Mounting / Framing greetings cards to resell

'Is it legal', 'can I do this' type questions and discussions.
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Sparkly
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Mounting / Framing greetings cards to resell

Post by Sparkly »

Hello everyone,

I’ve received great advice from this site before so I’m hoping to again.

I’ve tried to research this but have come across conflicting views.

Basically I wanted to know if it were legal to frame or mount a greetings card and then re-sell as a picture on Etsy or eBay or wherever and whether there would be any copyright infringement?

I wouldn’t be adding anything to the design or copying it or cutting bits off, just mounting or framing it.

Many thanks for your help in advance.
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AndyJ
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Re: Mounting / Framing greetings cards to resell

Post by AndyJ »

Hi Sparkly,

In theory this should be fine and is covered by something called the doctrine of exhaustion of rights. Basically this says that once a right holder has legally sold an item consisting of a physical copyright work (a book, CD, DVD etc) his rights over any further distribution of that item are exhausted, ie ended. So as I say, in theory and probably in practice, what you do with a greetings card after you have purchased it, should be up to you.

There is one big 'but'. And that is the outcome (some might say, bizarre outcome) of a case before the Court of Justice of the European Union in 2014, called Art&Allposters v Stitching Pictoright. Very briefly the Art&Allposters Company took paper-based posters which they were licensed to print and sell, and using a chemical transfer process, transferred the image from the poster onto a canvas backing, which gave the resulting product the look and texture of an oil painting. Now most people would have said this fell well within the doctrine of exhaustion. But the CJEU disagreed and said that as the paper backing of the poster formed part of the copyright work, removing it (which happened as part of the chemical process) meant that a new copyright work was created and this had to be subject to a separate licence as it was not something the original licence to print the posters covered. In other words, the doctrine of exhaustion only applies to the complete work which is subject to the first sale. Even though the UK is no longer a member of the EU, our judicial system is required to take into account decisions of the CJEU which were made before Brexit.

While I don't think the result in this case applies to what you want to do, since you would not be separating the image from the card, it may leave the door open (well, slightly ajar) for a card manufacturer to try and make a case that you were somehow dealing in something other than the product you were sold. However I don't think this is a realistic argument and so you shouldn't have any issues.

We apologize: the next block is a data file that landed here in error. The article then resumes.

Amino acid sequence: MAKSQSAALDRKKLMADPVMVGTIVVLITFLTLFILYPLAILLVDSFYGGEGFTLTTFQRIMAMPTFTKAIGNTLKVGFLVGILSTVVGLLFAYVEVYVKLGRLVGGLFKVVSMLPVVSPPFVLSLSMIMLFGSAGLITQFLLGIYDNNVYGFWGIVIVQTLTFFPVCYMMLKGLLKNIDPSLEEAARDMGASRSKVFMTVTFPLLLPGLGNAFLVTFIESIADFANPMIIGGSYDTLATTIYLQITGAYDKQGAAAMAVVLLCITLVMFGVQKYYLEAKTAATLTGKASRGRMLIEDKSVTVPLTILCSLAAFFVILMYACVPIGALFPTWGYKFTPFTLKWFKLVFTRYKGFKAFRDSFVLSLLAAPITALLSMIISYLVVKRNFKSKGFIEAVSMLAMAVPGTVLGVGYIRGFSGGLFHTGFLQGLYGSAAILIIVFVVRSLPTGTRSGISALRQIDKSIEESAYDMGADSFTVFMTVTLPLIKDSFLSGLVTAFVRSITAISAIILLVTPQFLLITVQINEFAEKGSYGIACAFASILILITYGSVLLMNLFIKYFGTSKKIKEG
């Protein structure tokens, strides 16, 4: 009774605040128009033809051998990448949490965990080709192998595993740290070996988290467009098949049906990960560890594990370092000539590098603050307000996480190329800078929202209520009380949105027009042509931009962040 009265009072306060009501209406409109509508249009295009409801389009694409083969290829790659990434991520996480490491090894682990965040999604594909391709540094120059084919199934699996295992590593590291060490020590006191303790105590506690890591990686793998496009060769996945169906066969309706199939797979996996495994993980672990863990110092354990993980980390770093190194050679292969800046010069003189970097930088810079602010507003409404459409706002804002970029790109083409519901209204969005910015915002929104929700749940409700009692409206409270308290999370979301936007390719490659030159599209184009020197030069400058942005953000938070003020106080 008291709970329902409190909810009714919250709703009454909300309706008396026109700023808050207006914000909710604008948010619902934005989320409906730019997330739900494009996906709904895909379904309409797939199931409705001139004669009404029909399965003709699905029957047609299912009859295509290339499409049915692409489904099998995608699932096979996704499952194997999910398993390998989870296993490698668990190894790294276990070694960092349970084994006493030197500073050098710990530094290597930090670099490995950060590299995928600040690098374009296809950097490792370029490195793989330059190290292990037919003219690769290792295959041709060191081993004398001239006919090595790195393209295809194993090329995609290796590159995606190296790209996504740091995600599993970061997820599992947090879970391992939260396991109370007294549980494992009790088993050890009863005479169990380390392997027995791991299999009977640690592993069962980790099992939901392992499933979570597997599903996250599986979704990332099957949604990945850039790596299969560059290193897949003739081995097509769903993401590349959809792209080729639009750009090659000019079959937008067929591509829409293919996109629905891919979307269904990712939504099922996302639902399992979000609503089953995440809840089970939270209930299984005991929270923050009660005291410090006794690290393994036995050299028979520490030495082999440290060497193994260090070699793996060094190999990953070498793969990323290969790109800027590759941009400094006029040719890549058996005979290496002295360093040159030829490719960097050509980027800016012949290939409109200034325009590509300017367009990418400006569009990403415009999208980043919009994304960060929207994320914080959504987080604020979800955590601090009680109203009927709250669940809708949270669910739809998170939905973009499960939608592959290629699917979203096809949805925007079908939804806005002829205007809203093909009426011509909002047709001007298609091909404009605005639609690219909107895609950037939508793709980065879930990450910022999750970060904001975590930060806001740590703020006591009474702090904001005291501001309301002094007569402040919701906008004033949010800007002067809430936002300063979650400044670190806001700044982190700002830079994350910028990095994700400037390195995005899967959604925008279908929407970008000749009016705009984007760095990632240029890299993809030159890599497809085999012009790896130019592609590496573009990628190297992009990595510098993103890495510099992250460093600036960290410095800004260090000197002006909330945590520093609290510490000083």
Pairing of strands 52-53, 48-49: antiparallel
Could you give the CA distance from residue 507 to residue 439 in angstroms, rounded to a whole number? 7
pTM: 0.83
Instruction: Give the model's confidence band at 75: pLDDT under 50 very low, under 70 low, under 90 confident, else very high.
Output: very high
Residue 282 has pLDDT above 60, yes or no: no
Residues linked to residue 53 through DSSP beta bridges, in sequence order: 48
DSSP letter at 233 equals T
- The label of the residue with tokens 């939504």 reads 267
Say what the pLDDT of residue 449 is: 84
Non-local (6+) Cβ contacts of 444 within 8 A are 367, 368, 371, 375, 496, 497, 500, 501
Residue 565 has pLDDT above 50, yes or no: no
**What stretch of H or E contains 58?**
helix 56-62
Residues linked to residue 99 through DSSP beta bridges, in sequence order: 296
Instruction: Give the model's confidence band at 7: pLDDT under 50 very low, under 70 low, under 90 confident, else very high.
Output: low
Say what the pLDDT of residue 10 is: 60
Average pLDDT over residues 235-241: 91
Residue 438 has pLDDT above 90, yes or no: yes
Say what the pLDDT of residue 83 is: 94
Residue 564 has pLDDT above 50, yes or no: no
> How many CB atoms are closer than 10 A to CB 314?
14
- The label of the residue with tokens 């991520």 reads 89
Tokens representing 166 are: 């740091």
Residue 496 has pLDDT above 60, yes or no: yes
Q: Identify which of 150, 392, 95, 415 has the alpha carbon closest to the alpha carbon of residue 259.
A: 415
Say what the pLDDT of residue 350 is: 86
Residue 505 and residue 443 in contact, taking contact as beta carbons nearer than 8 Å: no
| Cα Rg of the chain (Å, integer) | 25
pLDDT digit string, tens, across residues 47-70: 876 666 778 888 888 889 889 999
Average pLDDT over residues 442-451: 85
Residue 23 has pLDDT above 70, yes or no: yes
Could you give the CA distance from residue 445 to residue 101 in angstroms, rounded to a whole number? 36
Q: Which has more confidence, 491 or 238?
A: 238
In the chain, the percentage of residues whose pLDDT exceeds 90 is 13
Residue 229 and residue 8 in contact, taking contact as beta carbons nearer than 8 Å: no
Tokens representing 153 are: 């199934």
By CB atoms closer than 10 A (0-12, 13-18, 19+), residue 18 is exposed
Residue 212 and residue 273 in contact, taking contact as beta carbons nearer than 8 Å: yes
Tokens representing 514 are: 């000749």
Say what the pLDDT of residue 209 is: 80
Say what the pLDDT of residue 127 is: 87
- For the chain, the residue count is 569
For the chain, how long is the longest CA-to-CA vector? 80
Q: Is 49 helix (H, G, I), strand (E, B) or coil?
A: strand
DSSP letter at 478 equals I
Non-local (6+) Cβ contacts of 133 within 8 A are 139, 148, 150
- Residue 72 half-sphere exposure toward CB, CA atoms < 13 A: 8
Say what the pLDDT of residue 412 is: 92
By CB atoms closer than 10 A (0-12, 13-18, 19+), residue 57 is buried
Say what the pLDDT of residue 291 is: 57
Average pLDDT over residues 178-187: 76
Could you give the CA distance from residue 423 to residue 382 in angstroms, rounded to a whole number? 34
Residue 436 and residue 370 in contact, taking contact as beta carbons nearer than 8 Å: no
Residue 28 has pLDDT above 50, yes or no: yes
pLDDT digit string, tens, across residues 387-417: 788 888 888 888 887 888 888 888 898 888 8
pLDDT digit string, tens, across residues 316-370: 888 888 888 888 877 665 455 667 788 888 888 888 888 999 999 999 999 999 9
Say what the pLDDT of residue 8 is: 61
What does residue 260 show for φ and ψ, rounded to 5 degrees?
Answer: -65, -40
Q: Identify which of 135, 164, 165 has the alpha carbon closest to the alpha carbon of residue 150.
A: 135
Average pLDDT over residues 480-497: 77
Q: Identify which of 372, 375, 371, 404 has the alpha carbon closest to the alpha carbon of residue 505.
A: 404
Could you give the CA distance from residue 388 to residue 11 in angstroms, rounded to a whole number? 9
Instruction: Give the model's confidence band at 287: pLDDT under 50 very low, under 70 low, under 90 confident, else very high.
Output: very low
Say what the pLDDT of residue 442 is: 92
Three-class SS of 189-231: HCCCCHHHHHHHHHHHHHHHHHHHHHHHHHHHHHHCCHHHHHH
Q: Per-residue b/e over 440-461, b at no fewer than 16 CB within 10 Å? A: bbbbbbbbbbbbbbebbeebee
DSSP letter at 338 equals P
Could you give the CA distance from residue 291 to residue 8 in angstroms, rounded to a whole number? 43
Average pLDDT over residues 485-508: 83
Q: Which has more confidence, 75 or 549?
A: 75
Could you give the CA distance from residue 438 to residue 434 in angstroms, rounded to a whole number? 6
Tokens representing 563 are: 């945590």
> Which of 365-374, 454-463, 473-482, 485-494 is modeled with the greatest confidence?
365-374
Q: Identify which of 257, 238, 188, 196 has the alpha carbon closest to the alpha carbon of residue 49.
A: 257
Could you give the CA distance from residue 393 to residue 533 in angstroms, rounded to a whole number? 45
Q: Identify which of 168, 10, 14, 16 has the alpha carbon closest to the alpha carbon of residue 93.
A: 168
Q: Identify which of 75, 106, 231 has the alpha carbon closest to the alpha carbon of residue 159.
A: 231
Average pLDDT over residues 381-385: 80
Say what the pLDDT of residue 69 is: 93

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Draven
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Re: Mounting / Framing greetings cards to resell

Post by Draven »

Great question and really interesting reply.

I make picture frames for people all the time and the thought of whether the item being framed changed the copyright had never crossed my mind.
AndyRoss
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Re: Mounting / Framing greetings cards to resell

Post by AndyRoss »

Hi AndyJ

I'm in a similar position to Sparkly in that I want to cut travel advertisements out of old magazines, frame them and sell them. Would the act of cutting the adverts out constitute a change in the nature of the original product sold (the magazine) and therefore weaken the 'exhaustion of rights' principle? And do you think the fact that the items I'd be framing are advertisements placed (40 years ago) by individuals/companies who were not the magazine publishers makes any difference?

Thanks for your views.

Andrew Ross
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AndyJ
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Re: Mounting / Framing greetings cards to resell

Post by AndyJ »

Hi Andy,

I think that everything I said in reply to Sparkly also applies to your situation, although arguably given the age of the material you want to use, I think it would be very unlikely anyone would challenge what you want to do. You will probably find that the travel companies or airlines which first placed the adverts no longer exist (or at least not using the same branding today) and so today's employees probably wouldn't even recognise the adverts as theirs.
Advice or comment provided here is not and does not purport to be legal advice as defined by s.12 of Legal Services Act 2007
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